'Today, We Celebrate. Tomorrow, We Work'
WHY YOU SHOULD CARE
Because the street celebrations showed both the elation and determination of Biden's backers.
By Nick Fouriezos
People dancing, cars honking, chants booming, flags waving in streets full of slogans, as seemingly all of the District of Columbia spilled into the blocks around the White House on Saturday, once the networks, finally, five days into ballot-counting, called the presidential race in favor of Joe Biden over President Donald Trump.
Washington is the nation’s favorite whipping boy, and not totally without fault. After all, the nation’s capital — whose chief product is politics yet boasts nine of the country’s 20 richest counties in its suburbs — is so often divorced from the struggles of its states. But on a monumental day like this, the District has a way of showing off that it (more than any other American city, except perhaps New York) contains the multitudes of both the nation and the world.
A native Pennsylvanian, waving his state flag after the Keystone State delivered the clinching electoral votes, passed by a woman from south Georgia, wearing a red Bulldogs T-shirt, still shocked that her state appears to have flipped blue.
As “Another One Bites the Dust” plays, an enterprising woman sells “impeachmints.” As an Indian flag is hoisted up, Kurdish immigrants from Turkey celebrate, momentarily relieved of their fears of being deported with no home to return to. Driving through it all is Komba Ahmadu, who arrived here as a 25-year-old immigrant from Sierra Leone in 1964: “I’ve never seen the city so excited after an election.”
That sentiment was especially true because this election felt, for many, like none other. Not simply because of Trump’s policies, which many here opposed. Many Republican presidents have inspired critique in this overwhelmingly blue city, but maybe not similar ire. No, it was the unique threat that they believe Trump posed to democratic values that evoked such enthusiasm at his loss, even from those who otherwise would share his political ideology.
We put them there for a reason: To beat Trump, but also … to be who we need them to be right now.
To the revelers, Trump’s seeming attempts to undermine democratic institutions, are why the celebrations in cities across the nation had the air of liberation. That’s not the case, of course, for half the country: Nearly 71 million people voted for Trump after all, with ballots still being tallied, the second-most votes ever cast for a U.S. presidential aspirant — behind Biden. Many Trump supporters held their own demonstrations Saturday, protesting an election the president is telling them (without basis) is being stolen. Others were more downcast in acknowledging the loss, which was far closer than pollsters predicted.
Even those celebrating were clear-eyed about the challenges ahead. Nearly every person we interviewed in D.C. mentioned caution with their joy, noted with the closing of one chapter came the duty to start a new one. “Today, we celebrate. Tomorrow, we work,” as one woman touting a Biden-Harris sign said.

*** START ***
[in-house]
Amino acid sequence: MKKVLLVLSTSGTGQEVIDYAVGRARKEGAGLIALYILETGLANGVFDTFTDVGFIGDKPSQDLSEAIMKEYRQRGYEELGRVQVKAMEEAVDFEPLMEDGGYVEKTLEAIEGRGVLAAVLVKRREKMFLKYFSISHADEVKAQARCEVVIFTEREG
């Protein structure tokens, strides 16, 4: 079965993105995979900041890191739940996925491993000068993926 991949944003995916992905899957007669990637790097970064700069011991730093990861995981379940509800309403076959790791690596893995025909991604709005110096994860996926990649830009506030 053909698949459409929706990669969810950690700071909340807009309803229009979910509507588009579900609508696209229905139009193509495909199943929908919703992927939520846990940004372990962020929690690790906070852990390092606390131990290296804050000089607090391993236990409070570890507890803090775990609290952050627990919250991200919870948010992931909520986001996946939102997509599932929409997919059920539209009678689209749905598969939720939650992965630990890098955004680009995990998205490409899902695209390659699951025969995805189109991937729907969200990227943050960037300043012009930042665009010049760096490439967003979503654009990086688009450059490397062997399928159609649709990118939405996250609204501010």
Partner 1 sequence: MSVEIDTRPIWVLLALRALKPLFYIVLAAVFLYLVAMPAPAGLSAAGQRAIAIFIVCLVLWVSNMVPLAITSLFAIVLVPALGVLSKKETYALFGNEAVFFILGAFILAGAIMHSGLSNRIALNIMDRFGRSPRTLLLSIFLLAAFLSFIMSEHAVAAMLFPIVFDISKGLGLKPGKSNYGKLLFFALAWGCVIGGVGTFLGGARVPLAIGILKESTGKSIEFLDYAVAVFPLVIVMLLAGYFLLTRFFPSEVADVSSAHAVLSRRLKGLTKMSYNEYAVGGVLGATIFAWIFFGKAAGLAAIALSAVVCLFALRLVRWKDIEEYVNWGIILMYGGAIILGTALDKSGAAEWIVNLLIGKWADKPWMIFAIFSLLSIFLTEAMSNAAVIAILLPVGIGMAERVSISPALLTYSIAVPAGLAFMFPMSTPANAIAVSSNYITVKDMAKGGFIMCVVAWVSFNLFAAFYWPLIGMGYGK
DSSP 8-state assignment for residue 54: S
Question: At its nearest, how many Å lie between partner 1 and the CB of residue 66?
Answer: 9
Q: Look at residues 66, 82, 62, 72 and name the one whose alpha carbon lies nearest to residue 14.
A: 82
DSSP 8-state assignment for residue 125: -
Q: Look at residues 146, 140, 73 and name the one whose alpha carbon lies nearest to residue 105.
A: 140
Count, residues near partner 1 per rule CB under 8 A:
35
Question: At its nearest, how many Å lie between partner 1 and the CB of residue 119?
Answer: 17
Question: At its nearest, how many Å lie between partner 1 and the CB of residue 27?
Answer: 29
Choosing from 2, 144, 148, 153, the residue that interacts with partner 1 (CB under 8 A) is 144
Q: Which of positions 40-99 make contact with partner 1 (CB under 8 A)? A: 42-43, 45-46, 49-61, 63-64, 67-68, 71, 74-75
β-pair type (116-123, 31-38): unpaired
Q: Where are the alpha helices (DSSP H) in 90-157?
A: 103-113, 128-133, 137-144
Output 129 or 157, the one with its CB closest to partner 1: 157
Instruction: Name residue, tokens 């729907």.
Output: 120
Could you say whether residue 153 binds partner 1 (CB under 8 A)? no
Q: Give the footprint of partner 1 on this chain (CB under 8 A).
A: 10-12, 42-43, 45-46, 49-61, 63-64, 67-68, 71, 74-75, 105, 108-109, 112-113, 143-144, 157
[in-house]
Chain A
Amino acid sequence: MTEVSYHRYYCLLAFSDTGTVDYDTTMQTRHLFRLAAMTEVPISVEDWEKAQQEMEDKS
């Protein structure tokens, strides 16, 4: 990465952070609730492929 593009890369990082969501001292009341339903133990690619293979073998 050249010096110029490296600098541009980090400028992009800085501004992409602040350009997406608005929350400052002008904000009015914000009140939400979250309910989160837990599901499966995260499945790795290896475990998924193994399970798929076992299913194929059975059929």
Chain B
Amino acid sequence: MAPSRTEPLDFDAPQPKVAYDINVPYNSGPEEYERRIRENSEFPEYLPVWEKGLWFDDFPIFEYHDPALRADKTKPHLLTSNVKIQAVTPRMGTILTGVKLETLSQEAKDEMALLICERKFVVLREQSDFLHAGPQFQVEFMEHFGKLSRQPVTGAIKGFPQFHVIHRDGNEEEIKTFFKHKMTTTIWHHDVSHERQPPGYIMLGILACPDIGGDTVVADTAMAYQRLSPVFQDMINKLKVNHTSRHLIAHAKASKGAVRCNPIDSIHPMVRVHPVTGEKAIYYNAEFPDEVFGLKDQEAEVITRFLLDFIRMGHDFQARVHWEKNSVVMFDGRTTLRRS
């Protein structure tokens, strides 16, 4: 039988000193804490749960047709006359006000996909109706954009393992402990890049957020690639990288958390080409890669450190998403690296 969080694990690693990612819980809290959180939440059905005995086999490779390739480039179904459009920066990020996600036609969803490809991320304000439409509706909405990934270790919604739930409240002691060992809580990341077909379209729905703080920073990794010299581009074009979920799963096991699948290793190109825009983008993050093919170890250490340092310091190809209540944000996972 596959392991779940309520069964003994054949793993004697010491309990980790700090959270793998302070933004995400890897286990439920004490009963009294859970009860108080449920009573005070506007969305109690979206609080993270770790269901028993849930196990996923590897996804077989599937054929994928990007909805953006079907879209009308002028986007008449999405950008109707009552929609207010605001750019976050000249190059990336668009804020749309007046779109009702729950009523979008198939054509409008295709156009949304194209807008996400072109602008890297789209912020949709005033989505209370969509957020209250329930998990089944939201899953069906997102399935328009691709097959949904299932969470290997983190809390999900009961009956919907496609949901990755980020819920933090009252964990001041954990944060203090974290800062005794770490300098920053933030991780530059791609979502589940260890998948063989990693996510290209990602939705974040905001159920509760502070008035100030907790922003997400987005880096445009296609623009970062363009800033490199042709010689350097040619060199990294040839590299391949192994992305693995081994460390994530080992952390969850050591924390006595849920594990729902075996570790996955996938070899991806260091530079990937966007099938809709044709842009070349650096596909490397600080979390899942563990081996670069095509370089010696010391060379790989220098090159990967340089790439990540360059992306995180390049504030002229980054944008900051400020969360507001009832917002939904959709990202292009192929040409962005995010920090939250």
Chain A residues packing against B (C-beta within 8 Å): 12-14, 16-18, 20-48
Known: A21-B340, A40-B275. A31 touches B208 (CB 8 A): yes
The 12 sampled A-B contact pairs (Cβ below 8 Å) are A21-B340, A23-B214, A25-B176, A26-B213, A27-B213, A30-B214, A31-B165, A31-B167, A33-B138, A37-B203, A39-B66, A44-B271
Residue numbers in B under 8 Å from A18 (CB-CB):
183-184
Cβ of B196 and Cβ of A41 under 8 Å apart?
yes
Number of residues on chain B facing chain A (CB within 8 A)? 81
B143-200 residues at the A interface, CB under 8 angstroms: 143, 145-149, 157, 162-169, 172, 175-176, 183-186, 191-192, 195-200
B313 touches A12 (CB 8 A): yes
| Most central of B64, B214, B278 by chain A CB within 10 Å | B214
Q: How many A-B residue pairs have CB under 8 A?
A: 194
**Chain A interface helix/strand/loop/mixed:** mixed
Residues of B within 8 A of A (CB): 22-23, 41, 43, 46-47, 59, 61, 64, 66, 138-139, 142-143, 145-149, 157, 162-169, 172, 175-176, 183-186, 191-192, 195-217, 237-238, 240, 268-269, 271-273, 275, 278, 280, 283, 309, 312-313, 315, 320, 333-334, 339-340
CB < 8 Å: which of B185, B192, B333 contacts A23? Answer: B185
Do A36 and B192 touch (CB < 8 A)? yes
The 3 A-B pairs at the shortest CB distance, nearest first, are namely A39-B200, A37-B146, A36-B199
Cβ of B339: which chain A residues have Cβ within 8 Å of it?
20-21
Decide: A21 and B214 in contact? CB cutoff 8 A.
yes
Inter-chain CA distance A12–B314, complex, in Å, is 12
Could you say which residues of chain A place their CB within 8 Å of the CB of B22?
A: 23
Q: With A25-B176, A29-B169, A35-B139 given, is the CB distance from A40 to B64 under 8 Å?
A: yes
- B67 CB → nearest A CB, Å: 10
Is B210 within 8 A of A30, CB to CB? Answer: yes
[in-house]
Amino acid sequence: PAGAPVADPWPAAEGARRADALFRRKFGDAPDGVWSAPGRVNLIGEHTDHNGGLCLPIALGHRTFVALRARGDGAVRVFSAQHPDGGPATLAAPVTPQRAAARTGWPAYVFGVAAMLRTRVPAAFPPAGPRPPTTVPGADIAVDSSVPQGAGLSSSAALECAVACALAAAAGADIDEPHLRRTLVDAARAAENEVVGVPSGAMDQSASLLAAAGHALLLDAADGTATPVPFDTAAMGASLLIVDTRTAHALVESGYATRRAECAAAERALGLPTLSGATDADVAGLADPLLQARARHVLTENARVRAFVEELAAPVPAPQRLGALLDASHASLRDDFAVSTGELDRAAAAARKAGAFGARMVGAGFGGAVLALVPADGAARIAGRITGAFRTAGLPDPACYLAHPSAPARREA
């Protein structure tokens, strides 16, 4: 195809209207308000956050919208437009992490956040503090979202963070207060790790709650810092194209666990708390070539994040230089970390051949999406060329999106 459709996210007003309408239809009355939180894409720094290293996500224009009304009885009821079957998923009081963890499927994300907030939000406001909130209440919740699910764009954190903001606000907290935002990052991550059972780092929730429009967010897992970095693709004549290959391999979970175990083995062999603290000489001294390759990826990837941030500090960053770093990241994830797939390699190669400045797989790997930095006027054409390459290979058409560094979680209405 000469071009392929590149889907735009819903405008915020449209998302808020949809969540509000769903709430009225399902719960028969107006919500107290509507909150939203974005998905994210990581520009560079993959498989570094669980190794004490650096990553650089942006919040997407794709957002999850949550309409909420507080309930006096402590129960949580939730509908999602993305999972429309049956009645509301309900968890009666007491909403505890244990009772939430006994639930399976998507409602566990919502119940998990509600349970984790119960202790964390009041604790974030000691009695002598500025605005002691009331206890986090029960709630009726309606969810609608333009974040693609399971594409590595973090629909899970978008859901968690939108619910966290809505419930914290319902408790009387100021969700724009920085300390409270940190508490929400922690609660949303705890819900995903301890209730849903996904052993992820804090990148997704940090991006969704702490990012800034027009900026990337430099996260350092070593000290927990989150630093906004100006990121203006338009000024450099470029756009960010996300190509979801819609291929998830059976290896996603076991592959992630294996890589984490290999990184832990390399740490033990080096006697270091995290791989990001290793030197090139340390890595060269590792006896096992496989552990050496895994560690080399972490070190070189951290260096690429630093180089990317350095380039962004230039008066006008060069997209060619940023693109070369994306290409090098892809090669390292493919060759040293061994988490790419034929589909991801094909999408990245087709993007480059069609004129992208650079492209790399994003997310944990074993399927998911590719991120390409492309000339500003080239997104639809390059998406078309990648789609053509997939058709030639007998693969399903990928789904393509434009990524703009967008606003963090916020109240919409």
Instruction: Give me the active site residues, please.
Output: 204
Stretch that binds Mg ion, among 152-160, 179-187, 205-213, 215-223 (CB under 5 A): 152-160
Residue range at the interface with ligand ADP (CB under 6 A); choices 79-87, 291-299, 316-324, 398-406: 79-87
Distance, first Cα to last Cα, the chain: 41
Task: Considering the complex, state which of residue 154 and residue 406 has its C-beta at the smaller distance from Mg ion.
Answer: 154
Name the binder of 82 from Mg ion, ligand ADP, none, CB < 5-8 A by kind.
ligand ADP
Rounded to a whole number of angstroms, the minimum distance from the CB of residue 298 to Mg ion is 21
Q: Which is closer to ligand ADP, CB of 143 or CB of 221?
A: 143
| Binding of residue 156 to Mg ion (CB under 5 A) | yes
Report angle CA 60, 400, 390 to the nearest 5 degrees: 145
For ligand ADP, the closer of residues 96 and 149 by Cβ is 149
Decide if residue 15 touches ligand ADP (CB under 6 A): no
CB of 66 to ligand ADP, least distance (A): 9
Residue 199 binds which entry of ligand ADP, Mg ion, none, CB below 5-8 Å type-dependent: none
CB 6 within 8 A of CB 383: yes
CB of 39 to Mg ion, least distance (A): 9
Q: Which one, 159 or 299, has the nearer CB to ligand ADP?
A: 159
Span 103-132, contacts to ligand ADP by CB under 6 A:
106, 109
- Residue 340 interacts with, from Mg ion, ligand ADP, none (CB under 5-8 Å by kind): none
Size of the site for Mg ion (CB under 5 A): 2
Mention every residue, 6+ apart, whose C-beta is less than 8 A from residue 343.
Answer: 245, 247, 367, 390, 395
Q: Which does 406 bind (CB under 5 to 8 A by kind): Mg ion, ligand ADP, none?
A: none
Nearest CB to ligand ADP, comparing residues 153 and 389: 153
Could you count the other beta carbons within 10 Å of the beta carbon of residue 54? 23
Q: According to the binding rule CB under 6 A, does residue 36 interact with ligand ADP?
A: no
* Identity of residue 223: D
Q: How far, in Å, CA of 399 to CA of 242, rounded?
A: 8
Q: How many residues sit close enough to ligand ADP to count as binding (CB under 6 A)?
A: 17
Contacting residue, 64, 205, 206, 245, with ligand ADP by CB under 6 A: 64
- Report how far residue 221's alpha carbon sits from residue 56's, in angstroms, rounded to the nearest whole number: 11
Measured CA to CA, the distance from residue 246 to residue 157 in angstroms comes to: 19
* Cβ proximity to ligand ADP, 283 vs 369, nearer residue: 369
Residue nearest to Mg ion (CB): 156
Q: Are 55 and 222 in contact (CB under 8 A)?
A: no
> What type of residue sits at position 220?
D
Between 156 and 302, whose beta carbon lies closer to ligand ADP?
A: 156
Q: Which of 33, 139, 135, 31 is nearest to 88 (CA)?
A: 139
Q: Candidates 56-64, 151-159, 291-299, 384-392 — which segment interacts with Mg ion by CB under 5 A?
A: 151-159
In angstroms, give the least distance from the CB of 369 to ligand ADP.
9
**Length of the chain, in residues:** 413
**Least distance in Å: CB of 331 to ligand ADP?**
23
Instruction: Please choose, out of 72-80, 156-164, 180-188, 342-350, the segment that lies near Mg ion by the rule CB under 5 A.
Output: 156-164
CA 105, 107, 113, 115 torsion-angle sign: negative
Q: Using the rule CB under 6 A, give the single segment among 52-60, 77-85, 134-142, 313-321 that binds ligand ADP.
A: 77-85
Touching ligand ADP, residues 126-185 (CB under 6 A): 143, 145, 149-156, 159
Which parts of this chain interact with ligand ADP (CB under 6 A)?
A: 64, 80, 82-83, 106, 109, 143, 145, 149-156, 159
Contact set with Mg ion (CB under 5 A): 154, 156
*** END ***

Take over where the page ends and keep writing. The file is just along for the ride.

Their wide-ranging aspirations were a reminder of the challenges Biden faces ahead in uniting the diverse coalition that won him the White House. “I’m super excited that Biden was elected, and I’m really ready to push him hard to get aggressive climate action,” says Katie Thomas, a Green New Deal supporter who lives in Washington, noting that she likes Biden’s promises to end fracking on public lands and hopes he will use a stimulus package to encourage green jobs.
It was ironic that Washington’s biggest celebrations of Trump’s loss came at Black Lives Matter plaza near 16th and I Streets. First because in a city full of revolutionary history, this area only recently became a place for protest because of how the Secret Service pepper-sprayed protesters nearby ahead of Trump’s infamous photo-op at St. John’s Church. And secondly, because this area was renamed “Black Lives Matter” plaza as a symbolic concession to protesters by Mayor Muriel Bowser, a Democrat, only to increase police funding and avoid reforms that activists called for.
That backdrop is a reminder both of the opposition to Trump and the fact that “the resistance” will now have different aims. “I hope he is truly as progressive as the platform he has been running on,” says Danny Blue, a 28-year-old loan officer from Charlotte, North Carolina, who will be scrutinizing Biden’s cabinet picks. “I love Kamala, but I want her to do her job: She has some stuff from her time as California attorney general to do with the prison-industrial complex and criminal justice reform,” says Valerie Coats, a 26-year-old web designer who, like Harris, graduated from Howard University. “We put them there for a reason: To beat Trump, but also … to be who we need them to be right now. Climate is obviously huge, race relations is huge. They should have a committee to make the case for race relations.”
Biden will have his work cut out for him, with both the left and the right pushing him — the latter particularly if the GOP maintains control of the Senate. But even if Biden doesn’t accomplish all or even most of his agenda, Trump’s ousting does have meaningful impact. Take Nurcan Catinbas, who works with exiled Kurdish immigrants and was worried that many of them were on the verge of being deported with no real home to go back to if Trump won again. “I came here three years ago to find peace,” says Catinbas, a women’s rights activist who has worked in the Middle East and is now studying sociology at Marymount University under a student visa. “I have lived in bad situations, with bad politicians, but I do not want to have the same experience here.”